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EastAnglianLefty
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« Reply #895 on: November 25, 2019, 04:58:13 am »


Chuka Umunna is a single person, as much as his baffling political transgressions over the past few years might suggest otherwise. Tongue

I agree with the bulk of your argument, though: A LD surge that takes out BoJo is a particularly deranged fantasy. A net loss for the LDs compared to their current total but not their 2017 result is basically guaranteed, as far as I'm concerned.

Meant Gyimah, embarrassingly enough Tongue

I find it hard to imagine them not making it to the mid-20s or so on present numbers; if they win 12 seats on 7%, they should win 24 seats on 14% (which is on the lower end of current polling) assuming their vote stays as efficient as it was in 2017; if anything given that their gains are among strong Remainers, who tend to be a pretty geographically concentrated demographic, I'd expect them to get *more* efficient. (I'd bet on ~30 seats or so, I think).

But I can't imagine the world that some Labour supporters/the editors of the New Statesman seem to be suggesting where they're on 14 seats but are taking Esher & Walton, Wokingham, and Chingford & Wood Green. Surely some Lib Dem seats will come in constituencies without prominent Tories running?

One of the issues here is that you're confusing what seats they're actually targeting - Chingford & Woodford Green is a Tory v. Labour contest, though possibly you're mixing it up with Hornsey & Wood Green?

Another is that the polling doesn't show them winning Esher & Walton, it shows them getting reasonably close and potentially being in reach if they can squeeze the Labour vote more effectively.

And the third reason is that if they're consolidating affluent remainers in southern England so effectively but doing poorly elsewhere, it may mean that they're losing several seats they already hold - several of their MPs have quite small majorities and are in fairly leave-y territory.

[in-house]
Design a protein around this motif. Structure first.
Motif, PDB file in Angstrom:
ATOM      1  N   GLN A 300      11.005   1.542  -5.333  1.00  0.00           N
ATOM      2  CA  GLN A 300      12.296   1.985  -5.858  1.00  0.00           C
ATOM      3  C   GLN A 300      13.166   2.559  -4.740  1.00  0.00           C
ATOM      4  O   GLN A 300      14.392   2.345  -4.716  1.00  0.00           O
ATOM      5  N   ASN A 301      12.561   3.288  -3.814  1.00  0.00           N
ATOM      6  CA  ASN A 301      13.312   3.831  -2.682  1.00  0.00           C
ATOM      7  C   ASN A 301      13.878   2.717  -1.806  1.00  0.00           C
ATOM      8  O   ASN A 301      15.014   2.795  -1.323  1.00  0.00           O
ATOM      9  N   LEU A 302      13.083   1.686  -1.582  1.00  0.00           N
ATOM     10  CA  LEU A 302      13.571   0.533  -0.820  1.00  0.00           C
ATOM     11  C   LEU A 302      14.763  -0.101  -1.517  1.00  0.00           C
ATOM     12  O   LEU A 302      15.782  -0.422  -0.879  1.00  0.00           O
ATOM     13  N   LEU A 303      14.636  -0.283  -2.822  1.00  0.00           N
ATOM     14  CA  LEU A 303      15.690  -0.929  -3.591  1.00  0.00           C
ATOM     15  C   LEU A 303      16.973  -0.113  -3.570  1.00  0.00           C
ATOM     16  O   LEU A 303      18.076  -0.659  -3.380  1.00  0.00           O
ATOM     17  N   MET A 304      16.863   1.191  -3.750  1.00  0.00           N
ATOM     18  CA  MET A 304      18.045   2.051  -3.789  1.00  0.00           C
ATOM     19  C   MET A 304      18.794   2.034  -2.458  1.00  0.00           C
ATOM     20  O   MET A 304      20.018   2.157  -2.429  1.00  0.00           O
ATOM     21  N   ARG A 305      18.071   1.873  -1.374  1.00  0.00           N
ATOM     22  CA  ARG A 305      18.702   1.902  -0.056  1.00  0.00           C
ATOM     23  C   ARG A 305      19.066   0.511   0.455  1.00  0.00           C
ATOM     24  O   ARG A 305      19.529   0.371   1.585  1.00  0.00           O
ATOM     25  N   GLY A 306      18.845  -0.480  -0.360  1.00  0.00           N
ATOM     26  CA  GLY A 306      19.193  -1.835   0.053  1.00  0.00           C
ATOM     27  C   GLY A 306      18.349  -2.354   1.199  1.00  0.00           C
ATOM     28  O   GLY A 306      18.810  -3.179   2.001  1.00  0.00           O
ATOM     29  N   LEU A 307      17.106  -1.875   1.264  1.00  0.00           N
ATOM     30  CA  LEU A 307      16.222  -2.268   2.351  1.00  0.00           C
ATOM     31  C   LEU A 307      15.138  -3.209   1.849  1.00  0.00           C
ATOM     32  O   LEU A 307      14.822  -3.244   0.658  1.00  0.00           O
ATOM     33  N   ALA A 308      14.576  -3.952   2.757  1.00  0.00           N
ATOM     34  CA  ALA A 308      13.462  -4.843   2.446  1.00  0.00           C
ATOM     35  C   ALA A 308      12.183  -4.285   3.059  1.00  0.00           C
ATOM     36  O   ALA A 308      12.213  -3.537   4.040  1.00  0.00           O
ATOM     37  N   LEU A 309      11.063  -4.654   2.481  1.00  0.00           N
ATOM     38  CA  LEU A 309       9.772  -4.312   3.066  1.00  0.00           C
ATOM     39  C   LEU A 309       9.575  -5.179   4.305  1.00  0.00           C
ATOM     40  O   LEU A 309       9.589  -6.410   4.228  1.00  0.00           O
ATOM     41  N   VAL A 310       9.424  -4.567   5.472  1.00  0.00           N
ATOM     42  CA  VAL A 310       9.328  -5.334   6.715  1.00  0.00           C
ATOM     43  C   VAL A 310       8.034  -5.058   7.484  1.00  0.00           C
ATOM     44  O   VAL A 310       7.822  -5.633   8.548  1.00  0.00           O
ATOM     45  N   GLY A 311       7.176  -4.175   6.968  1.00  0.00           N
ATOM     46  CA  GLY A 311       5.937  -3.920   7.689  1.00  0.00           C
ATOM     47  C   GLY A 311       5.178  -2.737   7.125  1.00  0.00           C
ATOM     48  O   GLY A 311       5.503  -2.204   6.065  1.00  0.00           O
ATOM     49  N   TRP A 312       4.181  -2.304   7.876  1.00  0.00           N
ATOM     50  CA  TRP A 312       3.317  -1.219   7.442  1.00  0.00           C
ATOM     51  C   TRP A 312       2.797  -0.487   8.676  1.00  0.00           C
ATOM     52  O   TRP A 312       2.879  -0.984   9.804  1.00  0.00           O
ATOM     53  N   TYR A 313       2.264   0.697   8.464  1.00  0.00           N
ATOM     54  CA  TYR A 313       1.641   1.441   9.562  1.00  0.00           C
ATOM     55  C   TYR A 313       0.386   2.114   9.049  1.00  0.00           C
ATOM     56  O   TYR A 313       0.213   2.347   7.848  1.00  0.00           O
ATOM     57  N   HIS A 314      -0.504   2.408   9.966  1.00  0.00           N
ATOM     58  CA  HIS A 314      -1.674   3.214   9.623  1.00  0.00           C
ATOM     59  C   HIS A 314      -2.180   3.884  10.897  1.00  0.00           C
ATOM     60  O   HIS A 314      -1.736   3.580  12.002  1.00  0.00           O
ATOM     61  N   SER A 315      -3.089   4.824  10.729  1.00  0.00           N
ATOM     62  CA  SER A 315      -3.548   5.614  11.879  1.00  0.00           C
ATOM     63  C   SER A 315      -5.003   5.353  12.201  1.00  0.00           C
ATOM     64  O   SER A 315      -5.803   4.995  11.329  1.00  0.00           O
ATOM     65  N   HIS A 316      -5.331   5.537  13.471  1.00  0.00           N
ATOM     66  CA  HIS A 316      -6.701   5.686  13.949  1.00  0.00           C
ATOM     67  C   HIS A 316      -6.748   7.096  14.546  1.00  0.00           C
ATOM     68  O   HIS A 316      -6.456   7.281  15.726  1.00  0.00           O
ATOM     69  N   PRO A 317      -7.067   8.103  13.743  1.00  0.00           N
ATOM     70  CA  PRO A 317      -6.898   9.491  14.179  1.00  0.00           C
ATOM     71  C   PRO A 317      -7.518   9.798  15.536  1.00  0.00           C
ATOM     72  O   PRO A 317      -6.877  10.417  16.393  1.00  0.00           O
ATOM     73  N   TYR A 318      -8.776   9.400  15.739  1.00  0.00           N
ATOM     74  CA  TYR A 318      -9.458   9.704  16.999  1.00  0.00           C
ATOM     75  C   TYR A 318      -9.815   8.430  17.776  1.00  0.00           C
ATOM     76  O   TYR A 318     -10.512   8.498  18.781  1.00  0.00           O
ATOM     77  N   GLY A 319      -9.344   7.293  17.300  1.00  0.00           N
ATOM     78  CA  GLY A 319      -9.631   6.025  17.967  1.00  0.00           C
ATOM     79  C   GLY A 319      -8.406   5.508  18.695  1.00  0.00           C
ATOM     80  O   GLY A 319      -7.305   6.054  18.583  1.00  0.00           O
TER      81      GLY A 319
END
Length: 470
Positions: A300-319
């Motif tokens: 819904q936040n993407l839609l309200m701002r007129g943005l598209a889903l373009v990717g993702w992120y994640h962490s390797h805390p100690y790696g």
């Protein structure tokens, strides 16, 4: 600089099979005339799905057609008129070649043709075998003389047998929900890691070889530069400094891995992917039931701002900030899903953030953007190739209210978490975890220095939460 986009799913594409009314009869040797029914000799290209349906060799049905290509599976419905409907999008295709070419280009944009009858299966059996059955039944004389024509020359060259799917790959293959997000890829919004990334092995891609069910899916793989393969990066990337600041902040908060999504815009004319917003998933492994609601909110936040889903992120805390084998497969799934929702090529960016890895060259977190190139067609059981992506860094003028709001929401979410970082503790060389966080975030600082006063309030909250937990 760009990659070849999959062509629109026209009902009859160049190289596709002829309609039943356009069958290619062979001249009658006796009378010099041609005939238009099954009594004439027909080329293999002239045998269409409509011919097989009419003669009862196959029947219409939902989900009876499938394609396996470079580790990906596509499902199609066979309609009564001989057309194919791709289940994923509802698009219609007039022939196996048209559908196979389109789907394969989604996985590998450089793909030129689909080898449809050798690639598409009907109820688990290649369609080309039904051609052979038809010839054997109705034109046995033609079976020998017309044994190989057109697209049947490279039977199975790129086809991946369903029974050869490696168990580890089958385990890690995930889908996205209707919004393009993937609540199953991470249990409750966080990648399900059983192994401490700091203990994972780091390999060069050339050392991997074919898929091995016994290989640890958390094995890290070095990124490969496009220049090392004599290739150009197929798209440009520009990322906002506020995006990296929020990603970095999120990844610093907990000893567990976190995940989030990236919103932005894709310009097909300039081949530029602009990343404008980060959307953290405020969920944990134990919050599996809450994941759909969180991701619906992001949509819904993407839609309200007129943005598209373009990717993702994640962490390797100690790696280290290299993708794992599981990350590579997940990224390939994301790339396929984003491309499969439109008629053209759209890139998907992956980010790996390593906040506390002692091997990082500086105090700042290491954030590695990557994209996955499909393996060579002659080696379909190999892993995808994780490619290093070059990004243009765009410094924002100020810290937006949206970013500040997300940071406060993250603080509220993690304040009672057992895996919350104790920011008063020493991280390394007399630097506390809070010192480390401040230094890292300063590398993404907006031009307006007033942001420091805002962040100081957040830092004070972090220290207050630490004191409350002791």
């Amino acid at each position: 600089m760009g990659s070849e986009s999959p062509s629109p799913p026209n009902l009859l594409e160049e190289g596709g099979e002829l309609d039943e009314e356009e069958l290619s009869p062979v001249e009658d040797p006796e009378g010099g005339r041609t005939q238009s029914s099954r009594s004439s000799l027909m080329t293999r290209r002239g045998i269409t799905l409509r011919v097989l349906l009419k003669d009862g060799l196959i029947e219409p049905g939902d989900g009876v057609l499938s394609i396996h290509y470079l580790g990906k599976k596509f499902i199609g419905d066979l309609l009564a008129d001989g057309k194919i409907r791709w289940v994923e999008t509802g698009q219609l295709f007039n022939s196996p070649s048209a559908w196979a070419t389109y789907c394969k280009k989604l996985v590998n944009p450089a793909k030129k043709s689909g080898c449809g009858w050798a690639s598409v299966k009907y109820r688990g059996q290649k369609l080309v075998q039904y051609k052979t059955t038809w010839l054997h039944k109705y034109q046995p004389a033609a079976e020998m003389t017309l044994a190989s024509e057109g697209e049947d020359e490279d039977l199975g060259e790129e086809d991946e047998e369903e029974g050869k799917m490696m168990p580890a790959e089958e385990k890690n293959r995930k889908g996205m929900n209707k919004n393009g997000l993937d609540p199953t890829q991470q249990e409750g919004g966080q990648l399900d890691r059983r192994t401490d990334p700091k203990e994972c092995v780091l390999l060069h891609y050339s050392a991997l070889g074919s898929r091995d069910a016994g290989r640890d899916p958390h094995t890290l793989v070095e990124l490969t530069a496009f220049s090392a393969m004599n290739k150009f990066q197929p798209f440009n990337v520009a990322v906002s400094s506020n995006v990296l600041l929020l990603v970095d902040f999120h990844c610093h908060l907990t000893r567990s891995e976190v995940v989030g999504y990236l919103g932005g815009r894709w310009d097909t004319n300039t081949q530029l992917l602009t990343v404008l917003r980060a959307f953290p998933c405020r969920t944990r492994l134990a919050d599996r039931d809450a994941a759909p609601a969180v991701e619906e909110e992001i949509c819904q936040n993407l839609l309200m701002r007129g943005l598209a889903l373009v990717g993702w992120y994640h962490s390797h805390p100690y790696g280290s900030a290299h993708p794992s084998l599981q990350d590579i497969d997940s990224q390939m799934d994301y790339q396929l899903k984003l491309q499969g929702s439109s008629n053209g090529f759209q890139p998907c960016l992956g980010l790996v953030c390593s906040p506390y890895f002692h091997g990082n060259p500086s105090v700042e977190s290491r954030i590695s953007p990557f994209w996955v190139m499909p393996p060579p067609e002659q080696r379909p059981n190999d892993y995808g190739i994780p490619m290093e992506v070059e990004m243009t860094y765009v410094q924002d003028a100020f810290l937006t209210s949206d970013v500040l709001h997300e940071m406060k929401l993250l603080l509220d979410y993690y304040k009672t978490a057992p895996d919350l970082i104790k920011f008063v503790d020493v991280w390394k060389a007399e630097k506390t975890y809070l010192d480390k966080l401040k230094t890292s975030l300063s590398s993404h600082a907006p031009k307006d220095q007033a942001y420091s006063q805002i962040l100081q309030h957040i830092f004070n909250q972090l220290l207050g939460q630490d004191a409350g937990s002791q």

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« Reply #896 on: November 25, 2019, 06:27:24 am »

Speaking of that, what Lib Dem seats are in danger of flipping? Because looking at their 2017 seats I am not sure how many are actually in danger. My extremely uninformed ratings would be something like this, italics for leave seats:

Bath: Safe LD
Caithness, Sutherland and Easter Ross: Safe LD
Carshalton and Wallington: Tossup

East Dunbartonshire: Safe LD
Eastbourne: Tossup
Edinburgh West: Safe LD
Kingston and Surbiton: Safe LD
North Norfolk: Lean Tory
Orkney and Shetland: Safe LD
Oxford West and Abingdon: Safe LD
Twickenham: Safe LD
Westmoreland and Lonsdale: Safe LD

So of their 12 seats in 2017 Lib Dems won 4 Leave seats. Of them the Caithness Sutherland and Easter Ross seat should be safe, considering it's an SNP vs Lib Dem battle (or possibly a 3 way with the Tories?) I don't think Brexit will influence much that seat

As for the other 3, 2 of them are pure tossups with only North Norfolk being an unlikely hold. In a worst case scenario they would lose 3 of their seats, which considering they probably make more than 3 pickups elsewhere (NE Fife and Richmond Park are essencially Safe LD now) it would still be a positive for them, even if the result would still be a massive disappointment.
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DaWN
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« Reply #897 on: November 25, 2019, 07:09:39 am »

The idea that the Lib Dems are only doing well with affluent Londoners is pretty disingenuous. They are clearly targeting a certain type of voter that fits that mould but they certainly exist across the country (being concentrated more in London and the SE, which is true, is not the same as just existing there) and give them a solid path to a seat total in the low-twenties, which was always the realistic goal (the idea they were going to do better than Clegg in 2010 was always fanciful). The path to 20 seats is probably as follows:

Hold 11 of 12 2017 seats (Aside from North Norfolk, all are varying degrees of safe apart from Eastbourne, which will be tough but Lloyd has a good shot of pulling it off)
Richmond Park
NE Fife
Cheltenham
St Albans
Winchester
Sheffield Hallam